Researchers said that they discovered traces of human beings who had passed about 120 thousand years ago in a lake in the north of the Arabian Peninsula, and precisely in the Nafud desert region, which was previously a green wetland.

It seems that these people were heading to the West Asia region, coming from Africa, and stopped for a rest at one of the lakes that was at that time a breeding ground for many wild animals such as elephants and cows.

According to the study published on September 18 in the journal Science Advances, these researchers were able to discover many traces, but 7 of them were confirmed that they belong to humans, including 4 traces of 3 or 4 men who were traveling together.

Arabia is a transit area

Michael Petraglia of the Max Planck Institute for the Science of Human History - one of the researchers participating in the study - said in an email statement to Al Jazeera Net that the area was a transit corridor.

He added, "Our research and much previous scientific research confirms that a lot of migrations were taking place from Africa, and precisely from the current Sahara region towards northern Arabia, which was considered a transit area towards East or West Asia and not the other way around."

These researchers also found many fossils that belong to - according to them - to carnivorous predators that hunted herbivores around the lake, which was frequented by many animals and birds.

A picture of the first footprints found in the vicinity of the lake in the Nafud desert in northern Arabia (Matthew Stewart)

Unprecedented evidence

According to the study, it appears that archaeologists are theoretically certain that northern Arabia was a transit region towards Asia for the African population, but what they lacked was the scientific evidence to prove that.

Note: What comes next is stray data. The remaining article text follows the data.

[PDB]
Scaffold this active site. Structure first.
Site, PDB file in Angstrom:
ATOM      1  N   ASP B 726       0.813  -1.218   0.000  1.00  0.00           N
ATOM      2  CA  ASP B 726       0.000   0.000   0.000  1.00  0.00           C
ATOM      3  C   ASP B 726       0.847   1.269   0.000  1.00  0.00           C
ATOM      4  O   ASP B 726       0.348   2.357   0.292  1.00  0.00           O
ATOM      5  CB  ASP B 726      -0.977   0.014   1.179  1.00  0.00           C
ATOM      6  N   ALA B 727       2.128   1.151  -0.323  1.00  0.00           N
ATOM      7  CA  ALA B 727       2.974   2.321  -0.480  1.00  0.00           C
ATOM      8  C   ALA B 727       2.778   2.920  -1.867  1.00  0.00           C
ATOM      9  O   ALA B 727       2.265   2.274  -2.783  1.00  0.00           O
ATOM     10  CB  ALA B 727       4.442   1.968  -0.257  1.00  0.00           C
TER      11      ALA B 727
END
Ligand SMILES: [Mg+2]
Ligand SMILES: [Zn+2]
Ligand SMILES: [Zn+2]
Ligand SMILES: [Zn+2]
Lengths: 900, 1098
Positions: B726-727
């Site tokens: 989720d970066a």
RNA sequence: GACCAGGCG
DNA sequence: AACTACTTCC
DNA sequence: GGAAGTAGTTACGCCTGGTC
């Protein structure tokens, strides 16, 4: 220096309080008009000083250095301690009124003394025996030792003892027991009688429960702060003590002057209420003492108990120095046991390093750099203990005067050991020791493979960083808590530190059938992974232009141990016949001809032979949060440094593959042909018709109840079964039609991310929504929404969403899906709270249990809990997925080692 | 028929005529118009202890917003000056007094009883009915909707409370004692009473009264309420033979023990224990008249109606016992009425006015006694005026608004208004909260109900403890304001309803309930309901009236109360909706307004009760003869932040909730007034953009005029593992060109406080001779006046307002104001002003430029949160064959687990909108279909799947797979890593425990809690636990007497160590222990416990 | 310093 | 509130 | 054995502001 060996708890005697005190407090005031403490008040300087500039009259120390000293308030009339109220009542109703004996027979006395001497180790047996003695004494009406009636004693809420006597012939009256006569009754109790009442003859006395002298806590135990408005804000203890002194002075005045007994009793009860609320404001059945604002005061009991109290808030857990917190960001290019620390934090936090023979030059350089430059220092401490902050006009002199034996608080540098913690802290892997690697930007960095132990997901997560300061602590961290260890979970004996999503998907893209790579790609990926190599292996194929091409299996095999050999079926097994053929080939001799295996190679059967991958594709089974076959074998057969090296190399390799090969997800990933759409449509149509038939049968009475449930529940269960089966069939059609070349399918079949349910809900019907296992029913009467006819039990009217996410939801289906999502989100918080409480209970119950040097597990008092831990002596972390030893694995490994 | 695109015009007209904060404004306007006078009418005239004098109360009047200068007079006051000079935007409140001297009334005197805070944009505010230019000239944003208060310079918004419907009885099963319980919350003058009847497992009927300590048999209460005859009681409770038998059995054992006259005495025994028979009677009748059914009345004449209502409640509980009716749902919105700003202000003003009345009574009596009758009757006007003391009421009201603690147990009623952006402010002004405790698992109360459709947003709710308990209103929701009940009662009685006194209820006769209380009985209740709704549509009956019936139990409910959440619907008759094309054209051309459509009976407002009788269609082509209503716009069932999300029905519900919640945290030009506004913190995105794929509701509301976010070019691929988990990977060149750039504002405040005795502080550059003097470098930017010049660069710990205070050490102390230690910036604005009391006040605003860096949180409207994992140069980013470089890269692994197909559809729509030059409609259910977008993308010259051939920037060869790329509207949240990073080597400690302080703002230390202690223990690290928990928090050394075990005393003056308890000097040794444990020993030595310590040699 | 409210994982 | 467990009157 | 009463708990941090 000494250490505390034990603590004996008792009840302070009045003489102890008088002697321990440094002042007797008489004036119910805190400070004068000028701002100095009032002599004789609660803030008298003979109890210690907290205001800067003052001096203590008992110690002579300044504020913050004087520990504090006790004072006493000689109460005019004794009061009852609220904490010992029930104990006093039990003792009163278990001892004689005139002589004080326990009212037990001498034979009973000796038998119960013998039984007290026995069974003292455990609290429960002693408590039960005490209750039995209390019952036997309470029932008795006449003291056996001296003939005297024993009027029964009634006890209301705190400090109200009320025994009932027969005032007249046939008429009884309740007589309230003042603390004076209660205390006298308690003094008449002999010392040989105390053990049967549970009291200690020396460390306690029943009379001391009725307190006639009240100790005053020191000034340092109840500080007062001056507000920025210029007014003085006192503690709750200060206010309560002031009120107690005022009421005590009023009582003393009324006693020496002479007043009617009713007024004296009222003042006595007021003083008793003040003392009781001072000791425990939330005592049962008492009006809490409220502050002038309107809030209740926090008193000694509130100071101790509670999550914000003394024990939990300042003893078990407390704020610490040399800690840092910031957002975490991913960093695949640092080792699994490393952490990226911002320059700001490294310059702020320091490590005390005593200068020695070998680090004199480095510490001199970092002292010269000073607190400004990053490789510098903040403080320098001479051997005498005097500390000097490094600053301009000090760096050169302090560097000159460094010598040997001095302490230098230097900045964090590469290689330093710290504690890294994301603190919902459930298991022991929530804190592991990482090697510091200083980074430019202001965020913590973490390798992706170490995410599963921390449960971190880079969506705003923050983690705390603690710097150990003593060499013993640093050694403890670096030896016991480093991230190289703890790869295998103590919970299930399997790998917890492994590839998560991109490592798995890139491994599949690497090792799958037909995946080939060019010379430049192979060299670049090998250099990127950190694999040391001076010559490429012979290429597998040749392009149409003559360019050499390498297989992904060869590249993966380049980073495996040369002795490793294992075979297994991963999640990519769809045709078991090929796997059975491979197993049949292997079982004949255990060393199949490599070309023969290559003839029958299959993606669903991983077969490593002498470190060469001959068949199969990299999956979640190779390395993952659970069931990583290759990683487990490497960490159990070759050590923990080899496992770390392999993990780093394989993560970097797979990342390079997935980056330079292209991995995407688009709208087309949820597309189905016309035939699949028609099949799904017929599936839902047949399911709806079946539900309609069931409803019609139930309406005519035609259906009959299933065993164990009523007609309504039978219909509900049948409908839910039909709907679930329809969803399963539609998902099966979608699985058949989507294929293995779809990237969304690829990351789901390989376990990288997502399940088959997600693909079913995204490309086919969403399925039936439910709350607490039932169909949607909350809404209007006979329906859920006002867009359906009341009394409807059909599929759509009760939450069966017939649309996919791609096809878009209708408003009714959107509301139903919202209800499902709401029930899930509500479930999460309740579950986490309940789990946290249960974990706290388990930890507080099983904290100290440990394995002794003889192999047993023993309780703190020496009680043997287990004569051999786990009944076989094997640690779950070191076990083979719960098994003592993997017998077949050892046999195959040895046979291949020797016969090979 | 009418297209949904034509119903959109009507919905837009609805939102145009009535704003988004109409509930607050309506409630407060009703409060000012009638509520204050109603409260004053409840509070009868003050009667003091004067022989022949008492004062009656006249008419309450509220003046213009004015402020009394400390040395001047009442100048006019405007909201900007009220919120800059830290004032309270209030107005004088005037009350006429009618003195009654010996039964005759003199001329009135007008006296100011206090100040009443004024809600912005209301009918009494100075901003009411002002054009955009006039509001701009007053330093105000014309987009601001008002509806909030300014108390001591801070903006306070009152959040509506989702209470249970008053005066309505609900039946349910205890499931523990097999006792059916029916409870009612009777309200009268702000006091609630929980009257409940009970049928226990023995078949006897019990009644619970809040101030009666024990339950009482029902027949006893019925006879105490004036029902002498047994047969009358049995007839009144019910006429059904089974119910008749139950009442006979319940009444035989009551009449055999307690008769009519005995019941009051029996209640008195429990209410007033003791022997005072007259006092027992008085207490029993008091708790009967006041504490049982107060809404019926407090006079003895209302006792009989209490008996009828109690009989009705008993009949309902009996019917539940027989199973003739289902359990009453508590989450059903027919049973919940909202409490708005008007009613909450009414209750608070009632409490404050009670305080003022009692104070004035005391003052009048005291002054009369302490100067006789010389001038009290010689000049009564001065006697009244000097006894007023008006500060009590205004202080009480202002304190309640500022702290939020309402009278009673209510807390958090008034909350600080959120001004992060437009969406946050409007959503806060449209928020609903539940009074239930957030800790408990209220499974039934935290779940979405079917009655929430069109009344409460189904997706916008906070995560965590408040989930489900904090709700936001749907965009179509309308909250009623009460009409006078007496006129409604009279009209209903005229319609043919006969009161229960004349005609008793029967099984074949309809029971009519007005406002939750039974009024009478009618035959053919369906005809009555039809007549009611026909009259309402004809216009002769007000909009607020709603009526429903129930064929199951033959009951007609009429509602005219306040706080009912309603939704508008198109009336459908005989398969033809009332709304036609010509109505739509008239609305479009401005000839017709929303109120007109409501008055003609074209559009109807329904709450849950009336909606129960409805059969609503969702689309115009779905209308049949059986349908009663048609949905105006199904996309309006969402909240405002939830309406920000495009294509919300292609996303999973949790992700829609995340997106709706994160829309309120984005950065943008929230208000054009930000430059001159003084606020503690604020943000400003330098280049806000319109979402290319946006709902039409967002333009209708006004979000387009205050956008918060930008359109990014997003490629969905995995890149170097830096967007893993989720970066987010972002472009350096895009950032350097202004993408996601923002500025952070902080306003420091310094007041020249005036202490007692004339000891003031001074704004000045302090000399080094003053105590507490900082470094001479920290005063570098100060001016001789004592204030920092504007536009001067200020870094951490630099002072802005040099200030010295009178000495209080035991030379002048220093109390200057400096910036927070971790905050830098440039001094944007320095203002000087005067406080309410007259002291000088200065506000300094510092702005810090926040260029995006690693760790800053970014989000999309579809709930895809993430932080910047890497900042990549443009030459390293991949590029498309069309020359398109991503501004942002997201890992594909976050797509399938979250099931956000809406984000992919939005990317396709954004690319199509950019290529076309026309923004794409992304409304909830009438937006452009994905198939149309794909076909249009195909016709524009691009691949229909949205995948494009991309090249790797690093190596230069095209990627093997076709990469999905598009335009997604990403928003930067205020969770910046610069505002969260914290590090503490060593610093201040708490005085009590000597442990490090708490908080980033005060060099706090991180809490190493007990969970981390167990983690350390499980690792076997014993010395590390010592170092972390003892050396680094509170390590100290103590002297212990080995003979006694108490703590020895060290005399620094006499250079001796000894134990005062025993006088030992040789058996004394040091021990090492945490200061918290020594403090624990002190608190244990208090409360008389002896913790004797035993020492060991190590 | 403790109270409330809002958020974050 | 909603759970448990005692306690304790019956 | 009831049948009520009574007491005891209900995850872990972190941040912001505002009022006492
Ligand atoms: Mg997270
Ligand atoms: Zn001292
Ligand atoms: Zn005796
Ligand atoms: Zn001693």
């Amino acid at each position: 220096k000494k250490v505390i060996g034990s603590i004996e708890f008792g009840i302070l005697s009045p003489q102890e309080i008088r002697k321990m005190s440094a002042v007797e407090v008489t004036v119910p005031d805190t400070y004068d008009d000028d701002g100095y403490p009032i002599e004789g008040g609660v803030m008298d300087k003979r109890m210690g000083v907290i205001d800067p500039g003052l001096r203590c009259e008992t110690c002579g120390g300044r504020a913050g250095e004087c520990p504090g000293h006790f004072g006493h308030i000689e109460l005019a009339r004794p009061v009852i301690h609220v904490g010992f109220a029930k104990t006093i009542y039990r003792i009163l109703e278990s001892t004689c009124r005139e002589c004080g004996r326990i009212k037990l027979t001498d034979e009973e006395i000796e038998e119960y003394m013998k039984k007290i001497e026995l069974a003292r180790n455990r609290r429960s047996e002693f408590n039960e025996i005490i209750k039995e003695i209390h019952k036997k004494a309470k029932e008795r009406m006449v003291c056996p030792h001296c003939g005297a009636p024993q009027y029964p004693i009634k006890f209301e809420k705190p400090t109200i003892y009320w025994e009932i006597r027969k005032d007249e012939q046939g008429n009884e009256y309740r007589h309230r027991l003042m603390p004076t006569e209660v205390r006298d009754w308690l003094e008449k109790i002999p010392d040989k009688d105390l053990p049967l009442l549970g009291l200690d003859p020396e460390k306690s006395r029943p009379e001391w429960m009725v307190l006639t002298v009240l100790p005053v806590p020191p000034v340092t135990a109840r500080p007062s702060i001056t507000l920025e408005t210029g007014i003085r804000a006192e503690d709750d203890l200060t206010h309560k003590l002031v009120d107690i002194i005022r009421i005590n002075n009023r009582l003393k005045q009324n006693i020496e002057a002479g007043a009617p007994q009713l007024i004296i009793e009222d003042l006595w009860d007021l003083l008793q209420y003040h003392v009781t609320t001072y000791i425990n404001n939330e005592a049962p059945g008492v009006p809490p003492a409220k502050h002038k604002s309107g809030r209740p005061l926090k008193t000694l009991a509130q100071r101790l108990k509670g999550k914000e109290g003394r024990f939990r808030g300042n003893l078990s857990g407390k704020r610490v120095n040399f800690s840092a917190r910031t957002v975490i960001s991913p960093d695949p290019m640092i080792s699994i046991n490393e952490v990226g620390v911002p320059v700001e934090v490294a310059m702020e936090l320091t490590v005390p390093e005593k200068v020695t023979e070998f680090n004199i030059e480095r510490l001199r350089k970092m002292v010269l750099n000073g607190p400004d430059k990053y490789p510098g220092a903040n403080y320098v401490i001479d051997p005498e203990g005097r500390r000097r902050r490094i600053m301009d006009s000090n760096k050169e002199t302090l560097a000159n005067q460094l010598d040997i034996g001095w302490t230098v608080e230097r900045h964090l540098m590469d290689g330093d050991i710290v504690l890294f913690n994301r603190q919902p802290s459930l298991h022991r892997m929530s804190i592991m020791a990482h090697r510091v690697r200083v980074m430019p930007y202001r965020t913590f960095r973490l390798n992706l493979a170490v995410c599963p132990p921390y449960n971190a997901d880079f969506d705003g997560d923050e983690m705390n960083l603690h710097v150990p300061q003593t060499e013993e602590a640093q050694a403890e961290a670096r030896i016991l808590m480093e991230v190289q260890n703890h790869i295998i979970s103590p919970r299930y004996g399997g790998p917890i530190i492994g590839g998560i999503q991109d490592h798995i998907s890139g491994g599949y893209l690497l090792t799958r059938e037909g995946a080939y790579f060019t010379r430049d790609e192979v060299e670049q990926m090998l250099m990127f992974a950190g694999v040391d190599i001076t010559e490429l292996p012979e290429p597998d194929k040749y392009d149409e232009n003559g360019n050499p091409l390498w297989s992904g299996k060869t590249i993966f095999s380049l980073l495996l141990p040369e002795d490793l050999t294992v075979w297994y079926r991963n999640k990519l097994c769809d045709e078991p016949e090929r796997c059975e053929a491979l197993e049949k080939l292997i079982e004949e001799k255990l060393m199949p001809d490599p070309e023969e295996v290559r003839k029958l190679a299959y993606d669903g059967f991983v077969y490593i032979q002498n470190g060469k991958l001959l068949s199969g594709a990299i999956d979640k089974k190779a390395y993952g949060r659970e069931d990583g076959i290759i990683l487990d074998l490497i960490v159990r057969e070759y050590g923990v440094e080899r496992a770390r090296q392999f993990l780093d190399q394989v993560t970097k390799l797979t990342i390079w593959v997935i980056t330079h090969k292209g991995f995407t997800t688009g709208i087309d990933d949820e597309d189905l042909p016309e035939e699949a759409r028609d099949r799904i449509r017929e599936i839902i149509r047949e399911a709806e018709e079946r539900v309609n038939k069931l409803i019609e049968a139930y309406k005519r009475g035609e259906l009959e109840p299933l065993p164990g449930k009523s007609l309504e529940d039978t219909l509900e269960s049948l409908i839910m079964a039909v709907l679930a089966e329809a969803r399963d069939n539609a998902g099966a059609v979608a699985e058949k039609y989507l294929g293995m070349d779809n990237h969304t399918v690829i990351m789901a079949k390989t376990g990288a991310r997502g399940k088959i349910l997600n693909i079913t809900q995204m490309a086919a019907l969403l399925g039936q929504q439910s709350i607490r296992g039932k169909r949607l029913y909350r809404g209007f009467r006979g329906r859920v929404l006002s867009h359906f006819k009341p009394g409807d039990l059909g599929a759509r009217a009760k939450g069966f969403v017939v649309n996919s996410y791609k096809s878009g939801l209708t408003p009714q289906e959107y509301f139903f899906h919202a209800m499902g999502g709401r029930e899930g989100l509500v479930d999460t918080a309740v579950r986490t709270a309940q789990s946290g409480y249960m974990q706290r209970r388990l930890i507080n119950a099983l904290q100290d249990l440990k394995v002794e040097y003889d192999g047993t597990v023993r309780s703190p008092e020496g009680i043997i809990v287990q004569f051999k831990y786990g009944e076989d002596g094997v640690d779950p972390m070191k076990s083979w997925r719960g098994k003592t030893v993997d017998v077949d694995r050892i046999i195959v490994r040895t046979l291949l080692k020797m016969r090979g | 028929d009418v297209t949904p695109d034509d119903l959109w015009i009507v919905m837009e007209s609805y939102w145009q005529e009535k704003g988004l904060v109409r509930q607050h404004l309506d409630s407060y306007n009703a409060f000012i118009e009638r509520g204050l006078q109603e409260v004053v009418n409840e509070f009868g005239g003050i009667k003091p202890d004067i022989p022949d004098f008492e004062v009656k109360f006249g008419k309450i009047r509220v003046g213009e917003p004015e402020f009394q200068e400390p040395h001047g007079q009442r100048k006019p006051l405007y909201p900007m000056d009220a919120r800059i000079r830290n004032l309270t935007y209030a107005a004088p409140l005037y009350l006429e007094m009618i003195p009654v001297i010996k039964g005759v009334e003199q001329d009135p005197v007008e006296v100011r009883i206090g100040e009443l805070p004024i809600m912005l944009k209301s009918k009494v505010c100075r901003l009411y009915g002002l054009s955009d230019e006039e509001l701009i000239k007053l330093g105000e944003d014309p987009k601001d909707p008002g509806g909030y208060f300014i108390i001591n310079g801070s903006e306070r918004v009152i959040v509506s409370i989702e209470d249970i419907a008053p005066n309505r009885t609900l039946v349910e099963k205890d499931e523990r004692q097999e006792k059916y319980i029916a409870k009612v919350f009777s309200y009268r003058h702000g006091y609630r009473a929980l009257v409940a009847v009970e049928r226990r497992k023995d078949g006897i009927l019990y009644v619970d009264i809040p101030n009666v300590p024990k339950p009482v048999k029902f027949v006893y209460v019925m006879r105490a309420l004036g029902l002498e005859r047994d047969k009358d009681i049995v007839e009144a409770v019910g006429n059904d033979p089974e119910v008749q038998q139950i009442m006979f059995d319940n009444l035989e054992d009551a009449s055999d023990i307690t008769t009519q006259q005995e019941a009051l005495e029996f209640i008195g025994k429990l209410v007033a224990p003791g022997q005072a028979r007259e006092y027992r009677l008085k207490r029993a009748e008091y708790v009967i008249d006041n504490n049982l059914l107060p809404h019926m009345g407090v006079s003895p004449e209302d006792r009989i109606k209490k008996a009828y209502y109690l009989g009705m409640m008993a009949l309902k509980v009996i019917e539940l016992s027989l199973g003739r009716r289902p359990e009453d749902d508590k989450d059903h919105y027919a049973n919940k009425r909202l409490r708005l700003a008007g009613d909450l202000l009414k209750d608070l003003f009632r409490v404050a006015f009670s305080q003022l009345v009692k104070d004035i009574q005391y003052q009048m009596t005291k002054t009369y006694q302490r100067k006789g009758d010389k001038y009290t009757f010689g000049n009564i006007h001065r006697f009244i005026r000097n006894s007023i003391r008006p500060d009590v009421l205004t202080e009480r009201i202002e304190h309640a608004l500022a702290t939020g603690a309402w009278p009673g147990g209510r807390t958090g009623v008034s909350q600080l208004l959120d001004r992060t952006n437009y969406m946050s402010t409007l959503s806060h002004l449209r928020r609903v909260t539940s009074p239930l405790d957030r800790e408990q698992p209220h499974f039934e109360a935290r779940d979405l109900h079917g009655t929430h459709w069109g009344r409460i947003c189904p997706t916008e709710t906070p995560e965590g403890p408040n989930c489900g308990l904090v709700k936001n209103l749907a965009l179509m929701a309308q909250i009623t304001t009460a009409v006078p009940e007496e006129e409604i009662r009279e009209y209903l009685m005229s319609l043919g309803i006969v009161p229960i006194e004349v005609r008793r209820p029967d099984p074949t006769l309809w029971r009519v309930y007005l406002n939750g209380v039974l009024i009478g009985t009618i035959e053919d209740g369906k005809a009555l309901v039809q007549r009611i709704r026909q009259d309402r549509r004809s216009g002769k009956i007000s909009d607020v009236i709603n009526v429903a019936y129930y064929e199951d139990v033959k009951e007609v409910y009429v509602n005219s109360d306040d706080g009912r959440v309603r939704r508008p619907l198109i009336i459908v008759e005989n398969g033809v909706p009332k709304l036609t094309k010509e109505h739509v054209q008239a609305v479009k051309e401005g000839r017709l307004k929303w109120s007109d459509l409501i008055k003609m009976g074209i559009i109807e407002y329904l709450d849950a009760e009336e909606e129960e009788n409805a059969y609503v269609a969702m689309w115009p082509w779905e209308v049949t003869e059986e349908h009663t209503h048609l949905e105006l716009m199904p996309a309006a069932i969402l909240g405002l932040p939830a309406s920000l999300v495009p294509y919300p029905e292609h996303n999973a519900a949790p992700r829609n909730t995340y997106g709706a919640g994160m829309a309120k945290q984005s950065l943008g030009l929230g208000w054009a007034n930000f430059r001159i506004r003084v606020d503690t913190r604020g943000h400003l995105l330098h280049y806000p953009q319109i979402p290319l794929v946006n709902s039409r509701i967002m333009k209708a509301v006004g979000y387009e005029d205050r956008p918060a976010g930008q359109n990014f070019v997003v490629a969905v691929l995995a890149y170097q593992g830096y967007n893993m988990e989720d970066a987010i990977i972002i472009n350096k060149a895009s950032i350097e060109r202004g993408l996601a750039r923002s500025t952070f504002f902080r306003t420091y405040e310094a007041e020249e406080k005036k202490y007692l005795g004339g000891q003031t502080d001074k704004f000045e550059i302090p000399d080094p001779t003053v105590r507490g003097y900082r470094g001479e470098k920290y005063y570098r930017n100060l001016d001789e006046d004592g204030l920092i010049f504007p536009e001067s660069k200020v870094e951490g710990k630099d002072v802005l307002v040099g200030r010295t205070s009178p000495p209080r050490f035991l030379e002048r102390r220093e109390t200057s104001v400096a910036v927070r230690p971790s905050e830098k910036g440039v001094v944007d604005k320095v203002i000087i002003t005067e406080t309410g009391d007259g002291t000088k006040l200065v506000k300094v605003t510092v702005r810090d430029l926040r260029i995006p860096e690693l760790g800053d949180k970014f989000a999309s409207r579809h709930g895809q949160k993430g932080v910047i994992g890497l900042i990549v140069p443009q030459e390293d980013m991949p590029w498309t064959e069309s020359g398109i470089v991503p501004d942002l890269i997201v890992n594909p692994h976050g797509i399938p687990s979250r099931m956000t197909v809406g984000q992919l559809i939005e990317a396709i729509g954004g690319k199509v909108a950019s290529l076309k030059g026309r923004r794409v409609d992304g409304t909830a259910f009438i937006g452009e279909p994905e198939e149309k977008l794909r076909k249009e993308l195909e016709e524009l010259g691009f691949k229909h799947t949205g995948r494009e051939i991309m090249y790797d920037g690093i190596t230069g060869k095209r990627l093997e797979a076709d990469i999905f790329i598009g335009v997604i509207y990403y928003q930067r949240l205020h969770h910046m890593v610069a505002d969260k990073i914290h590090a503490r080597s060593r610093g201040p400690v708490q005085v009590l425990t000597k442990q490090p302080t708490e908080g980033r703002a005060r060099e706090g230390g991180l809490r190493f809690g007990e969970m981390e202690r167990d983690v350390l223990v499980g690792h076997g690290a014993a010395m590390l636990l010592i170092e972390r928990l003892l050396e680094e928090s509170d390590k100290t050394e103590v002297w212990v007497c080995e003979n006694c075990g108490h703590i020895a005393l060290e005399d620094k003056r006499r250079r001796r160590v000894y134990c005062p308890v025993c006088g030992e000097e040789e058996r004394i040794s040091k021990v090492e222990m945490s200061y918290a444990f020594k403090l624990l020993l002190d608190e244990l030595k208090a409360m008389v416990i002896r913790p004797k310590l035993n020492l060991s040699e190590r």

"I had discovered the first of these effects in 2017 when I was preparing for my Ph.D., and I was doing field research near that lake called Lake Trail," said researcher supervising the study Matteo Stuart of the Max Planck Institute in the press release accompanying the study and published on the institute's website.

"At the first glance when we discovered the archeology, we said that we had found unprecedented historical evidence that dated moments or perhaps hours or days that occurred thousands of years ago," Stewart said.

Footprints of an elephant on the left and a camel on the right in the Lake Impact District (Matthew Stewart)

The Nafud desert - according to Wikipedia - is one of the important sites that is rich in relics and excavations of the remains of large extinct animals, where the remains of giant elephants, horses, bulls, deer, oryx, hyenas, wild dogs and birds of prey have been discovered, and all these samples are displayed in the Fossil Unit Museum of the Saudi Geological Survey.

The Saudi Geological Survey also revealed last August that the oldest stone traps in the world were found in the Great Nefud Desert, estimated to be more than 7,000 years old.